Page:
A depletion in the variety of local food sources, stubborn poverty rates and stretched health services are driving high rates of malnutrition in the Ayeyarwady delta.
By KYAW LIN HTOON | FRONTIER
The crowd at the jetty in the Ayeyarwady Region town of Thabaung waited patiently for the boats that would ferry them to their villages on the vast flood plain on the eastern side of the Pathein River. Some had been working or shopping in the town – the administrative centre of a township of the same name – while others were returning from further afield, such as the regional capital, Pathein, about 30 kilometres downstream.
In an open area beside a trishaw stand at the jetty, a poor woman was making a catfish curry on a stove set up directly on the dusty ground. Her bawling 18-month-old son watched on, while her husband, a trishaw driver, sat nearby, plucking feathers from a crow he had shot with a catapult.
“This is our evening meal,” the woman said, pointing to the dirty frying pan. “We’ll cook the crow next.”
This was the scene that greeted Frontier on the first day of an assignment to investigate malnutrition in the fertile region spanning the Ayeyarwady River delta, the nation’s most important rice-producing area since British colonial times.
Figures from Save the Children show that Myanmar is among the 24 “high-burden” countries with the largest number of children under five years old who are moderately or severely stunted because of malnutrition. The nationwide prevalence of stunting is 35.1 percent, with wasting at 7.9 percent, including 2.1 percent with severe acute malnutrition, and 8.6 percent of newborns having low birth weight.
In Ayeyarwady, where the prevalence of stunting is among the highest of all the regions and states, one in three children are undernourished, according to figures from SUN CSA Myanmar.
SUN CSA Myanmar, which is part of a global movement active in countries with high numbers of children aged under five who are moderately or severely stunted, says six in every 10 children in Ayeyarwady are anaemic, meaning they lack enough healthy red blood cells for carrying oxygen and are easily fatigued as a result. SUN stands for Scaling Up Nutrition and CSA for Civil Society Alliance, and in Myanmar the group has 64 member organisations.
Early the next day, Frontier returned to the jetty for a two-hour boat trip to a village tract called Oke Shit. Near the jetty, a woman in her 60s was having a breakfast of rice and small fried fish and nothing else.
There are 394 villages in Thabaung Township, but only three wards in the town and four nearby villages – or less than two percent of the township – have electricity. The remaining villages rely on power from solar panels, most of which were installed by residents, though some were provided by international NGOs and the government.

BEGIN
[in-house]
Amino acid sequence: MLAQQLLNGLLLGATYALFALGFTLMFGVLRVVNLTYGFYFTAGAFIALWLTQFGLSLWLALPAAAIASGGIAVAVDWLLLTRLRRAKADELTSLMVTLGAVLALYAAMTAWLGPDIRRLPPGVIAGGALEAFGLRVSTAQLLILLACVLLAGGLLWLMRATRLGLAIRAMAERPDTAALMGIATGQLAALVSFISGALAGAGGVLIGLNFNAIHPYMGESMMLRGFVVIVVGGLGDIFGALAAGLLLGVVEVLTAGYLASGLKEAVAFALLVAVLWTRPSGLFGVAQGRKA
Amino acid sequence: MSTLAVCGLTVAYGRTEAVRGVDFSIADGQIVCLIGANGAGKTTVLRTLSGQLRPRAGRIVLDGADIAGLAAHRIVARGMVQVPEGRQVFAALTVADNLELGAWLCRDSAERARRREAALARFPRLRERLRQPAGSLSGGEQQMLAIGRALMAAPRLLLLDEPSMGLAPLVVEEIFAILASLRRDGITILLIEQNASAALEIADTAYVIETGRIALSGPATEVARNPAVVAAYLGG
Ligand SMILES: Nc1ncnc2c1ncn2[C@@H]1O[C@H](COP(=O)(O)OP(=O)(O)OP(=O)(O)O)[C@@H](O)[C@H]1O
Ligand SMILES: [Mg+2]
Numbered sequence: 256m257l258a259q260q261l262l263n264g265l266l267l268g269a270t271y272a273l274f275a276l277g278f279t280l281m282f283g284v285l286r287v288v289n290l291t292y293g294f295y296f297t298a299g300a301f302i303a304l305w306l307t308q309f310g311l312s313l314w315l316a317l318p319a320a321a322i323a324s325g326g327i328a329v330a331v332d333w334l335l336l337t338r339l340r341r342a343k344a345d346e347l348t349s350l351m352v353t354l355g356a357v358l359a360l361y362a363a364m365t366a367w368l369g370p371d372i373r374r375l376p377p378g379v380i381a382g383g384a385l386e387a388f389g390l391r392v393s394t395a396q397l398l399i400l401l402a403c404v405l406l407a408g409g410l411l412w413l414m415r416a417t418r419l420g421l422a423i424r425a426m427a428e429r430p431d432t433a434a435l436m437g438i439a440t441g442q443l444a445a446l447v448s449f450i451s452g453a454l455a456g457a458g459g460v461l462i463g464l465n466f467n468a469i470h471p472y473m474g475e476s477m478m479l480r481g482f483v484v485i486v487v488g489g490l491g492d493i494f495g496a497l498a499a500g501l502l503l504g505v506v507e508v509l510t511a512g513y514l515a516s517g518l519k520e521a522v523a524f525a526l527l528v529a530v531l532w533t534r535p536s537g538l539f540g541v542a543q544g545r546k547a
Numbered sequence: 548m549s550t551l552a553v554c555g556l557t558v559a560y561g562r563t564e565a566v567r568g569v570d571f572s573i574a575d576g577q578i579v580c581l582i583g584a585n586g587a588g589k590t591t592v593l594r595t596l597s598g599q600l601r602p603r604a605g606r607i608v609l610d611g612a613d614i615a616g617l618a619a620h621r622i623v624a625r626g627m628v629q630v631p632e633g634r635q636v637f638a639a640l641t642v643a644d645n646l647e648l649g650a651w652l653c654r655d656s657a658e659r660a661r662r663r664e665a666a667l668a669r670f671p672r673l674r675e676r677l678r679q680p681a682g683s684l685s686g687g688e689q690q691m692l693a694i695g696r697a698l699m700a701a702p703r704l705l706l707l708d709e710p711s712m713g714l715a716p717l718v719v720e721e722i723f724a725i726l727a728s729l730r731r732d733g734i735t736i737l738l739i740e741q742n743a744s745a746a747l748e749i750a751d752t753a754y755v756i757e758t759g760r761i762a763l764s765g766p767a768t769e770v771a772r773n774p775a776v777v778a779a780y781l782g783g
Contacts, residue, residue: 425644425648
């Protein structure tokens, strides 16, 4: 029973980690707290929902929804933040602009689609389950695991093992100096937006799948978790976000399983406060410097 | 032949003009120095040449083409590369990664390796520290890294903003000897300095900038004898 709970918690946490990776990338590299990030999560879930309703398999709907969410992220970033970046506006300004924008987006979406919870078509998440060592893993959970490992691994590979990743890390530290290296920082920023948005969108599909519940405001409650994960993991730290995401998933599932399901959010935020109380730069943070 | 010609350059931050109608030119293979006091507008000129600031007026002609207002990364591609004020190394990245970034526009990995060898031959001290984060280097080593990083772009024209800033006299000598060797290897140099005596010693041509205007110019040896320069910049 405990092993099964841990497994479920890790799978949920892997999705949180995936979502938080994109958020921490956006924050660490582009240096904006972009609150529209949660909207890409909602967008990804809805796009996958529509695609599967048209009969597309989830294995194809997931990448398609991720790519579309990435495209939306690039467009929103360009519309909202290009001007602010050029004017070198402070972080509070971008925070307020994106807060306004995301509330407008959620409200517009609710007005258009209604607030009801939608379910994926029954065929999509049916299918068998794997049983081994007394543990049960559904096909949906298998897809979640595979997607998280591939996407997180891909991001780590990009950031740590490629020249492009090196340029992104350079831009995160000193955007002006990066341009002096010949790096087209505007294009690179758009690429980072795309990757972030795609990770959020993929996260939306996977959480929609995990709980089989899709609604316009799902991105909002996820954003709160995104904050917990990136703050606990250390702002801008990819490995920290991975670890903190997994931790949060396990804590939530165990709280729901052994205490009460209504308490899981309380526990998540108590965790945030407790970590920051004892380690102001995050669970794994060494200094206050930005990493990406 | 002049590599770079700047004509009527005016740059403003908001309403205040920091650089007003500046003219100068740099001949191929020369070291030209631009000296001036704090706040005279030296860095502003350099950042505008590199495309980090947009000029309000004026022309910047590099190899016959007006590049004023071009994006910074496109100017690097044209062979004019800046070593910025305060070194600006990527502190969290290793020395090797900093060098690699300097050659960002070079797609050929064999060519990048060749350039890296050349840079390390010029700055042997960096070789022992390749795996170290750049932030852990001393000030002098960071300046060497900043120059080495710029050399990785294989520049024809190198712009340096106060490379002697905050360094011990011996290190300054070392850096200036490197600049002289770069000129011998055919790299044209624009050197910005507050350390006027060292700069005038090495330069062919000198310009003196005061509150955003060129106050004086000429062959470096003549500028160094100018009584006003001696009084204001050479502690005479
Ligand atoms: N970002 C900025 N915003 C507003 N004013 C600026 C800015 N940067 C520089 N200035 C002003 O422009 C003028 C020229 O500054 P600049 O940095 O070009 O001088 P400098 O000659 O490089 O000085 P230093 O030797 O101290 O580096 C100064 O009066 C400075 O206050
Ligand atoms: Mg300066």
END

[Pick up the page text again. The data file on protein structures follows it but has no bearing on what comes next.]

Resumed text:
After crossing the river, it was another 90 minutes by boat to Oke Shit, the main village in a tract of nine communities. The main village has a government secondary school and a rural health sub-centre that serves the entire village tract.
U Khin Maung Myint, 49, a community leader at Oke Shit, said sources of protein from the surrounding waterways had plummeted, adding to difficulties in securing nutrition.
“When we were young, we could catch a lot of fish and shrimps in the creeks beside the villages, but now most of them have disappeared,” Khin Maung Myint told Frontier.
He said he was unsure of the reasons for the decline, but suspected it was because of a combination of fertiliser use, saltwater intrusion, increased flooding and hotter weather.
Most of Oke Shit’s 300 or so residents are of Bamar ethnicity but another village in the tract, Mi Chaung Kaik 1, which means “Biting Crocodile”, is home to about 600 Karen, most of whom are Christian. The health and resilience of these Karen villagers have also been hit by a decline in local sources of nutritious food.
U Gilbert, 66, an executive member of the Macedonia Baptist Church in the village, recalled when it was common for villagers to have their own vegetable gardens to supplement their diets.
“I remember that more than 20 years ago here, we were growing sunflowers, maize and chilli, but these crops were destroyed by mice, crickets and other insects,” he said.
Gilbert said it had also been common in the past for villagers to forage for edible plants growing in the wild, such as mushrooms, watercress, roselle and coriander, but such species were now rarely seen.
Across a stream from Mi Chaung Kaik 1 is the smaller Mi Chaung Kaik 2, which has a population of 169, also mostly ethnic Karen. Frontier found that even wealthier residents of the village were unaware of the importance of a balanced diet, suggesting that insufficient public education, as well as food resources, helps sustain malnutrition.
Among them was Naw Doh Aye Mu, 43. Her family farms 15 acres of paddy, making them better off than most in the village, but when Frontier asked what they had consumed over the previous 24 hours, the answer she gave was rice, fish paste, chilli salad and horseshoe leaf salad.
Food insecurity in Ayeyarwady, which makes it harder for residents to sustain balanced diets, appears to be driven by varied factors that include a shortage of farm labour, declining crop yields, inadequate financial and technical support from the government, and climate change.
Agriculture, on which the region’s economy also depends, is threatened by the intrusion of saltwater into inland waterways and apparent changes in climate, such as shorter and more intense monsoons.
But it’s not just food that’s in short supply. When Frontier was researching this story in May, temperatures as high as 42 degrees Celsius were recorded in Pathein, Thabaung and Labutta and elsewhere in Ayeyarwady, up from previous years.